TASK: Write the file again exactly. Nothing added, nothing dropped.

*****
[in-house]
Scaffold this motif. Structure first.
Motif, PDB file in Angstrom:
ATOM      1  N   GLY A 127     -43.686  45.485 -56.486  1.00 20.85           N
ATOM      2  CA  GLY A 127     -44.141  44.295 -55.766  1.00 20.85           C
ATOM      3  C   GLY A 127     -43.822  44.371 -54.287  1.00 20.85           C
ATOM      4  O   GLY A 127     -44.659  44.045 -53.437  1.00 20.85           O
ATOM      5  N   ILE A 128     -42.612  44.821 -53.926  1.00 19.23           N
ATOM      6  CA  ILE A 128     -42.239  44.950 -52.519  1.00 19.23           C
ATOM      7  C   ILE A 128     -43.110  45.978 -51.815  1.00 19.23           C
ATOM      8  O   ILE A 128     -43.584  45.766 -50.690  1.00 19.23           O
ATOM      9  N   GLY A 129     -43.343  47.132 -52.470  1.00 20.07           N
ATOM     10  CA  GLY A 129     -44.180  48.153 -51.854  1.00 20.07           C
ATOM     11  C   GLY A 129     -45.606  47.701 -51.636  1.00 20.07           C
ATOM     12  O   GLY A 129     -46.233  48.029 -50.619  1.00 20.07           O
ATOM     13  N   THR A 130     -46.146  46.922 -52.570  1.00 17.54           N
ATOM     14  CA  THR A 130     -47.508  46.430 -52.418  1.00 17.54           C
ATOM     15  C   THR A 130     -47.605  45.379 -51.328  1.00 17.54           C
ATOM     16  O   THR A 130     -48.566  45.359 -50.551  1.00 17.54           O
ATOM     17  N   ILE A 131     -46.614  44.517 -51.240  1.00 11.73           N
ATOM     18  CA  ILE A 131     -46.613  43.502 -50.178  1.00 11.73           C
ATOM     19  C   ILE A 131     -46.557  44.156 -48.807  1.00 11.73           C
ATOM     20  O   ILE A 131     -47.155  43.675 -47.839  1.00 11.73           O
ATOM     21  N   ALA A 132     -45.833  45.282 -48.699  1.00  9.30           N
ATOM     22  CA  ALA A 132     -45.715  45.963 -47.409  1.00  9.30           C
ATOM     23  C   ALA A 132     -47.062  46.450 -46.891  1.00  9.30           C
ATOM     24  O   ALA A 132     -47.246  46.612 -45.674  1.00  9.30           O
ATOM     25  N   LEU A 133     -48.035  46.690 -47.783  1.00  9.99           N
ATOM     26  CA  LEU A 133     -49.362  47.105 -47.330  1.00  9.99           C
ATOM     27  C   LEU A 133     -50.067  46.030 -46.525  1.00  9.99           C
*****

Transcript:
[in-house]
Scaffold this motif. Structure first.
Motif, PDB file in Angstrom:
ATOM      1  N   GLY A 127     -43.686  45.485 -56.486  1.00 20.85           N
ATOM      2  CA  GLY A 127     -44.141  44.295 -55.766  1.00 20.85           C
ATOM      3  C   GLY A 127     -43.822  44.371 -54.287  1.00 20.85           C
ATOM      4  O   GLY A 127     -44.659  44.045 -53.437  1.00 20.85           O
ATOM      5  N   ILE A 128     -42.612  44.821 -53.926  1.00 19.23           N
ATOM      6  CA  ILE A 128     -42.239  44.950 -52.519  1.00 19.23           C
ATOM      7  C   ILE A 128     -43.110  45.978 -51.815  1.00 19.23           C
ATOM      8  O   ILE A 128     -43.584  45.766 -50.690  1.00 19.23           O
ATOM      9  N   GLY A 129     -43.343  47.132 -52.470  1.00 20.07           N
ATOM     10  CA  GLY A 129     -44.180  48.153 -51.854  1.00 20.07           C
ATOM     11  C   GLY A 129     -45.606  47.701 -51.636  1.00 20.07           C
ATOM     12  O   GLY A 129     -46.233  48.029 -50.619  1.00 20.07           O
ATOM     13  N   THR A 130     -46.146  46.922 -52.570  1.00 17.54           N
ATOM     14  CA  THR A 130     -47.508  46.430 -52.418  1.00 17.54           C
ATOM     15  C   THR A 130     -47.605  45.379 -51.328  1.00 17.54           C
ATOM     16  O   THR A 130     -48.566  45.359 -50.551  1.00 17.54           O
ATOM     17  N   ILE A 131     -46.614  44.517 -51.240  1.00 11.73           N
ATOM     18  CA  ILE A 131     -46.613  43.502 -50.178  1.00 11.73           C
ATOM     19  C   ILE A 131     -46.557  44.156 -48.807  1.00 11.73           C
ATOM     20  O   ILE A 131     -47.155  43.675 -47.839  1.00 11.73           O
ATOM     21  N   ALA A 132     -45.833  45.282 -48.699  1.00  9.30           N
ATOM     22  CA  ALA A 132     -45.715  45.963 -47.409  1.00  9.30           C
ATOM     23  C   ALA A 132     -47.062  46.450 -46.891  1.00  9.30           C
ATOM     24  O   ALA A 132     -47.246  46.612 -45.674  1.00  9.30           O
ATOM     25  N   LEU A 133     -48.035  46.690 -47.783  1.00  9.99           N
ATOM     26  CA  LEU A 133     -49.362  47.105 -47.330  1.00  9.99           C
ATOM     27  C   LEU A 133     -50.067  46.030 -46.525  1.00  9.99           C